18 November 2015

The First Bike Tour Of The First National Park

At this time of year, most of the roads in Yellowstone Park are closed to wheeled vehicles or are being prepared for winter use.  As weather permits, brief periods of day cycling (as well as walking, roller-blading, roller-skiing and other forms of non-vehicular travel) are allowed. 

Back in 1883, those roads hadn't been built.  In fact, there weren't many paved roads anywhere between the Mississippi River and the Sierra Nevada mountains.  Any sort of travel was therefore arduous; one can only imagine what it would have been like to ride bicycles with sixty- or seventy-inch front wheels through the rugged terrain of what would become Yellowstone, the world's first national park.

Even in such conditions, a few intrepid cyclists dared to pedal (or, at times, push, carry and simply slog with) their bikes through woods, canyons and rivers.  Among those cyclists were C.S. Greenbaum, W.K. Sinclair and W.O. Owen of the Laramie Bicycle Club in Wyoming.

Yes, they rode through Yellowstone on those bikes!

At that time, there were two entrances to the park. One, in Bozeman, Montana, was 900 kilometers (560 miles) away.  The other went through Beaver Canyon, Idaho, some 1500 kilometers (900 miles) from LBC's home base.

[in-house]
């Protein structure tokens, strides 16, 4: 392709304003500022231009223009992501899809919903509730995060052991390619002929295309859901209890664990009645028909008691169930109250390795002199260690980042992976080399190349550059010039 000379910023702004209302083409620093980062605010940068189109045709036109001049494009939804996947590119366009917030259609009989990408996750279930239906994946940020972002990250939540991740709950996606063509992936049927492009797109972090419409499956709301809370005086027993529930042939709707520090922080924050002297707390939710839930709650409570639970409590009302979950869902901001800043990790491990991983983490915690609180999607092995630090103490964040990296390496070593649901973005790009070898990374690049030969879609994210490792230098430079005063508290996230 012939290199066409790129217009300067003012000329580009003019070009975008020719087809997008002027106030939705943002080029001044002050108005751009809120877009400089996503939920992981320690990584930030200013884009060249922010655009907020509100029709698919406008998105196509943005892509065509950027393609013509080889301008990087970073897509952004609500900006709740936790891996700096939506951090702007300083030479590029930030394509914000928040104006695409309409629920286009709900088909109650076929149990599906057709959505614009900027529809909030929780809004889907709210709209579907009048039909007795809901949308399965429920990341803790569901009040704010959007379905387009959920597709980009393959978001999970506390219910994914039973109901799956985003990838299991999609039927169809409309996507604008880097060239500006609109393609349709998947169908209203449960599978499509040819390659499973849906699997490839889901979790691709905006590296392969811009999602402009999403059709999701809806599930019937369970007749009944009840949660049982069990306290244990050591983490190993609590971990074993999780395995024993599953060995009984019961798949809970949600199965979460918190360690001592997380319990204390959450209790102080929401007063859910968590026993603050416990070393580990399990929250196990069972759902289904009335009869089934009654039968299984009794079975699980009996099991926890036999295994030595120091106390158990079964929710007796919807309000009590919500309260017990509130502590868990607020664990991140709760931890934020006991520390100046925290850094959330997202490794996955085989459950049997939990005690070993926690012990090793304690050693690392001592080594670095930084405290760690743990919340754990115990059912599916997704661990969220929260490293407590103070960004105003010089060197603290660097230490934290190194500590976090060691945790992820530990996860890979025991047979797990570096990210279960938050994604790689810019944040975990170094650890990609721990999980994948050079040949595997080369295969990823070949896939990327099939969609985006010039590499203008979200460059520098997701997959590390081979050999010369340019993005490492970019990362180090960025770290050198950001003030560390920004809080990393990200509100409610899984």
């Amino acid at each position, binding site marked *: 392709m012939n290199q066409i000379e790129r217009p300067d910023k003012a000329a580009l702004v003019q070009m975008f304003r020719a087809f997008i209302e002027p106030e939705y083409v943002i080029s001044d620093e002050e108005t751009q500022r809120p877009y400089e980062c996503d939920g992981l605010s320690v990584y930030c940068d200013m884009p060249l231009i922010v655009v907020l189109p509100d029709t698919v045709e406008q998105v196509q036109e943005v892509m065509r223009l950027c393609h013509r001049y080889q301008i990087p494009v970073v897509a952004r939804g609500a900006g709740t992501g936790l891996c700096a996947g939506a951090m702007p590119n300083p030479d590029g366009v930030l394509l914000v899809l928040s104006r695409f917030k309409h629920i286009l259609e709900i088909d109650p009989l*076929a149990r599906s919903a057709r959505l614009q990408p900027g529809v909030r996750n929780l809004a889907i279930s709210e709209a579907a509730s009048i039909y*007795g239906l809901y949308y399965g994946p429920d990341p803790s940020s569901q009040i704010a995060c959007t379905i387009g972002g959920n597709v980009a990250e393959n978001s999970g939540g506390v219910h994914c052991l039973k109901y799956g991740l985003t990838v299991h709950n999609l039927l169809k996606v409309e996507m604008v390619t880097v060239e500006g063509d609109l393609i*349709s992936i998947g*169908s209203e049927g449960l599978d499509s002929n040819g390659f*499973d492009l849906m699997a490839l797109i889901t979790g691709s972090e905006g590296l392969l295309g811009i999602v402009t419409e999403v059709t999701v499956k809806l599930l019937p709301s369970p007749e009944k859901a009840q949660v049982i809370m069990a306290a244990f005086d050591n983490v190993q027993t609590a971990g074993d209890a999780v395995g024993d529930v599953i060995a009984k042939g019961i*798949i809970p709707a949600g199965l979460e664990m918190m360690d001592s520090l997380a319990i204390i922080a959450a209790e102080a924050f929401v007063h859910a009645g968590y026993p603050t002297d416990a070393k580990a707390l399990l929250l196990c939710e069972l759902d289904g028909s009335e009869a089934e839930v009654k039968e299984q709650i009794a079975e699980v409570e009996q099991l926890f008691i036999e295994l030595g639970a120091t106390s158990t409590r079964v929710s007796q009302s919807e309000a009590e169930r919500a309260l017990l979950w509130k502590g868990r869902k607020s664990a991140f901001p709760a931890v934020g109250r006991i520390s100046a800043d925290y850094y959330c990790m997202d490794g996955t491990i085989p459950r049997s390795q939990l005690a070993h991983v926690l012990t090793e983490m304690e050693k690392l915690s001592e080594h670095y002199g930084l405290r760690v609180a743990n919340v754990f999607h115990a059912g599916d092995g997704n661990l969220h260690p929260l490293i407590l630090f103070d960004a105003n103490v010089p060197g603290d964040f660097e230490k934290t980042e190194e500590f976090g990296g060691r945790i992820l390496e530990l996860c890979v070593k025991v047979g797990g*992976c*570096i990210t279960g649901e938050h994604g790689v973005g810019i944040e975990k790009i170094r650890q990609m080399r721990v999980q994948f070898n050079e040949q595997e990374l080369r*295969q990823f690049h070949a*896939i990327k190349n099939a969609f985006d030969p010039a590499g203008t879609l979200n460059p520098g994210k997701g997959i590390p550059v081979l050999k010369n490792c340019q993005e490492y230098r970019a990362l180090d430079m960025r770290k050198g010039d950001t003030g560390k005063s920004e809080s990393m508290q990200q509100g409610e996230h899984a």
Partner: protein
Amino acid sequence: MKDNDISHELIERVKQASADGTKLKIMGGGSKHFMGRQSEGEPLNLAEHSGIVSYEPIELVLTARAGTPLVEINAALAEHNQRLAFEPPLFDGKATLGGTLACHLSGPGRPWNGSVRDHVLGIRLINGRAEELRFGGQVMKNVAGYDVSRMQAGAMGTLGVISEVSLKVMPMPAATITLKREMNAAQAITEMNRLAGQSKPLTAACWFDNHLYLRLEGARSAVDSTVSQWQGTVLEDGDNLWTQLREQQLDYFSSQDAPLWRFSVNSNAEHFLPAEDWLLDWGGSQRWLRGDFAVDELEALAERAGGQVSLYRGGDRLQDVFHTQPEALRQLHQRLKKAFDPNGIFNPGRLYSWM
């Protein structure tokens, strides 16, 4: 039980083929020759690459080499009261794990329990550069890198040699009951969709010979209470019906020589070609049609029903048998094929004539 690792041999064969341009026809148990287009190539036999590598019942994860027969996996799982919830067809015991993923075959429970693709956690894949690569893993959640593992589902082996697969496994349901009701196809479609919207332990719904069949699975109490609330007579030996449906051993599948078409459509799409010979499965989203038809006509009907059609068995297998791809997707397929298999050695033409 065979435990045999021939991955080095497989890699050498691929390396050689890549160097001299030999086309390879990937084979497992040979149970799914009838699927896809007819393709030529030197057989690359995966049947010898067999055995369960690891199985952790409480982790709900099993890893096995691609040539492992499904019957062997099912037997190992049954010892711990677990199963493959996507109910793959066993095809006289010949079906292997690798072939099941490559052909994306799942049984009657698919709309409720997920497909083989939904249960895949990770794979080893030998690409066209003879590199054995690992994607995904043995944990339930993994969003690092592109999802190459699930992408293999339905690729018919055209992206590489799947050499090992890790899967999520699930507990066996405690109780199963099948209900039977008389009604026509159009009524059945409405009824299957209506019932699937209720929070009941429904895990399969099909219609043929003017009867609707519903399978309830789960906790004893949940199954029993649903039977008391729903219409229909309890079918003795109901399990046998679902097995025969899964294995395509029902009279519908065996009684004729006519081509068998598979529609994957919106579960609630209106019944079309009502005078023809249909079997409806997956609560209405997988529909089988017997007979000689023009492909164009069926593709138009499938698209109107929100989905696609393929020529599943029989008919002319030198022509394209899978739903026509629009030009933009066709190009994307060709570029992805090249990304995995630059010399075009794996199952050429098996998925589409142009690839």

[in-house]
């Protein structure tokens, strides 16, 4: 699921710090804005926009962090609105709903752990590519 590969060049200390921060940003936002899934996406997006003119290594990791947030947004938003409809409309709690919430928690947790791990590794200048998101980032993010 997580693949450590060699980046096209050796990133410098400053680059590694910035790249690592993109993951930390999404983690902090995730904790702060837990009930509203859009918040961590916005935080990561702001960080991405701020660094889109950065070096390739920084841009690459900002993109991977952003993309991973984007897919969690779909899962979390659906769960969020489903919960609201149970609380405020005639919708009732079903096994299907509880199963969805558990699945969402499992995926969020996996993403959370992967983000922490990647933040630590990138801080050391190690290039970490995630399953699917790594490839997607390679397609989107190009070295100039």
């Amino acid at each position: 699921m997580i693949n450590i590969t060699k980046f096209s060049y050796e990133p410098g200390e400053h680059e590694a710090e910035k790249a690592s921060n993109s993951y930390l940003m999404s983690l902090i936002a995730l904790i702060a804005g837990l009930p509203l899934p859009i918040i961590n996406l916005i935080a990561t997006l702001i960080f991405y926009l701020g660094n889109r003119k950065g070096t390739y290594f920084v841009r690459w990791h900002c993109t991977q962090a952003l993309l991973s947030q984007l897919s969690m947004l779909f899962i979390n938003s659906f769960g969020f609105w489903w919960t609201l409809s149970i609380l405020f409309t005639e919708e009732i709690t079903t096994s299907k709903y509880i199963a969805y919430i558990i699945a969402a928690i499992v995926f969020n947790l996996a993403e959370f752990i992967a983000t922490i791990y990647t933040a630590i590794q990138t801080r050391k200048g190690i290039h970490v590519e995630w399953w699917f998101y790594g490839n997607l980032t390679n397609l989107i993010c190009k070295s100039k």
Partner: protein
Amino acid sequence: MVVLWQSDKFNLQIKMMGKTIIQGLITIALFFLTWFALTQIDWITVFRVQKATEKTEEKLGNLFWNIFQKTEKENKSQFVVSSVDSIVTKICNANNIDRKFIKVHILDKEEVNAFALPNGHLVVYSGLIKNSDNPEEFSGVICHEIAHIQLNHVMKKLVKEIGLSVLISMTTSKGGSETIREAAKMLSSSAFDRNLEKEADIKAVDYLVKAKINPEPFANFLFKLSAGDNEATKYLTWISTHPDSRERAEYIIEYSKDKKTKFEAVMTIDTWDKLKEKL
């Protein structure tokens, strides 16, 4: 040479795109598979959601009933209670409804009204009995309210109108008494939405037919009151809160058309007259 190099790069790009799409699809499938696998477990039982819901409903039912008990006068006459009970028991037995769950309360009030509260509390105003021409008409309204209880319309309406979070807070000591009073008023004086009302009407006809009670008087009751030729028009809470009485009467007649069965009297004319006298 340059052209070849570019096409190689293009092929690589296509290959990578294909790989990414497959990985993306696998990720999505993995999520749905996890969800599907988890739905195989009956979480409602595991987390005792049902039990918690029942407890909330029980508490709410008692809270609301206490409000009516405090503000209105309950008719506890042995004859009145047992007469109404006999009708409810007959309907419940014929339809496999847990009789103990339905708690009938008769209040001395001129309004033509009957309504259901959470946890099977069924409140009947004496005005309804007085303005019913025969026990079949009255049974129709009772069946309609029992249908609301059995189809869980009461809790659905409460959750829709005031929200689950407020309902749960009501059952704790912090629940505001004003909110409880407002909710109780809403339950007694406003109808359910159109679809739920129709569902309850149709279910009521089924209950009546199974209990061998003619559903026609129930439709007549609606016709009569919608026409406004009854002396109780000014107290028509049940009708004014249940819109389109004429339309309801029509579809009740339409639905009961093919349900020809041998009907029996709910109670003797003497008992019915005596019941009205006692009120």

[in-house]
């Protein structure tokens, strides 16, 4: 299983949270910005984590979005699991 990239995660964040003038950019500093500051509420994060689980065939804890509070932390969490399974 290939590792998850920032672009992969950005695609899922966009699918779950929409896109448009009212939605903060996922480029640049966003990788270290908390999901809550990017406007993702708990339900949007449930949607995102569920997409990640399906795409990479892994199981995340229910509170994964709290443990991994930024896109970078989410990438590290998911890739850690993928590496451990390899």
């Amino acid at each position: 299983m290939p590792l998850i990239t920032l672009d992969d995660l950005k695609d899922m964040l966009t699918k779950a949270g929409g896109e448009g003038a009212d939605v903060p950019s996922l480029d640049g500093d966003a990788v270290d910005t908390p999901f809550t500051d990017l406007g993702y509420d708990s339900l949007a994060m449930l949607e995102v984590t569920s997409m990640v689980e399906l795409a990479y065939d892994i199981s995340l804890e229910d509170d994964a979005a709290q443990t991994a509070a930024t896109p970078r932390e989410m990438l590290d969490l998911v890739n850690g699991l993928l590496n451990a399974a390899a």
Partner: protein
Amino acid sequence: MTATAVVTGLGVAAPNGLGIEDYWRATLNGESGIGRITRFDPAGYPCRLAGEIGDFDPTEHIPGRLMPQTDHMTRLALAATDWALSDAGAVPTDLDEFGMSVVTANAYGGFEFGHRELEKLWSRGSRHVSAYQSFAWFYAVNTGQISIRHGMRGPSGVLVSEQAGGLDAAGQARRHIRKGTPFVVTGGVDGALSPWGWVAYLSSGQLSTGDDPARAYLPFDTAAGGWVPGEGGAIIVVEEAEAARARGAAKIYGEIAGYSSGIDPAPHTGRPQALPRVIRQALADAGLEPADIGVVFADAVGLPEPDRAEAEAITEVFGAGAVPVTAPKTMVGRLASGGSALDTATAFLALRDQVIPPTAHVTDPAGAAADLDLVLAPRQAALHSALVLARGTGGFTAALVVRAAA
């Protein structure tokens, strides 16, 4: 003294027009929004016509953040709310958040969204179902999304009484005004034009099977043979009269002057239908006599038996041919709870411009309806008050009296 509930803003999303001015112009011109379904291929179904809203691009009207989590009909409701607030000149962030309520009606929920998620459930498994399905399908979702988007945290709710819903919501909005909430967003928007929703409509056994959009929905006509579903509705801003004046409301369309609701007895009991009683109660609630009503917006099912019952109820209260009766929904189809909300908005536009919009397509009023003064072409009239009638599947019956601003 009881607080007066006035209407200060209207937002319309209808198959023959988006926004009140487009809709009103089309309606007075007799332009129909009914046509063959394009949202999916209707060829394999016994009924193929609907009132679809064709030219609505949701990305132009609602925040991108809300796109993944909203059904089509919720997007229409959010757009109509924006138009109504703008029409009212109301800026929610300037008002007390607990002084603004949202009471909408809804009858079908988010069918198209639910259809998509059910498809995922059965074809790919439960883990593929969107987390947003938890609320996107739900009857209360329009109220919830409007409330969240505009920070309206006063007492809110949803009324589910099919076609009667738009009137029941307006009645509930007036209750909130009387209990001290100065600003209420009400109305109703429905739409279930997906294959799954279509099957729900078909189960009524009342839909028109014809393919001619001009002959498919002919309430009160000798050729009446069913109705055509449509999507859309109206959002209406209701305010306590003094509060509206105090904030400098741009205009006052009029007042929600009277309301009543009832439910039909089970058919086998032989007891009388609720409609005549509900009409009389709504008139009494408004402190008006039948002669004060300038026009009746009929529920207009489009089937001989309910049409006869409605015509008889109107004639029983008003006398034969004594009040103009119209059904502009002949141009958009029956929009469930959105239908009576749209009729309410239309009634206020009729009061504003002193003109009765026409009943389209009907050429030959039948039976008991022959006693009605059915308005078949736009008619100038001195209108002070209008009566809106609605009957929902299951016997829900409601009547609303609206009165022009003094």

The three men chose the Idaho entrance.  To get there, they took a train across Utah and met up with a team, wagon, outfit and guide in Beaver Canyon.

Rebecca Connell Walsh made this most interesting podcast about the three men and their ride, the very first through Yellowstone:

Yellowstone's First Bicycle Explorers


  1. Thanks for sharing. My wife and I frequently enter at West Yellowstone and ride to Old Faithful and back. 60 very nice miles. The shoulders are nice and wide, and although there's a lot of traffic, it's not too bad, as the speed limit for cars is 45 mph. Haven't done it on a penny farthing, however.

  2. MT--One of these days, I'm going to get out to Yellowstone. And ride.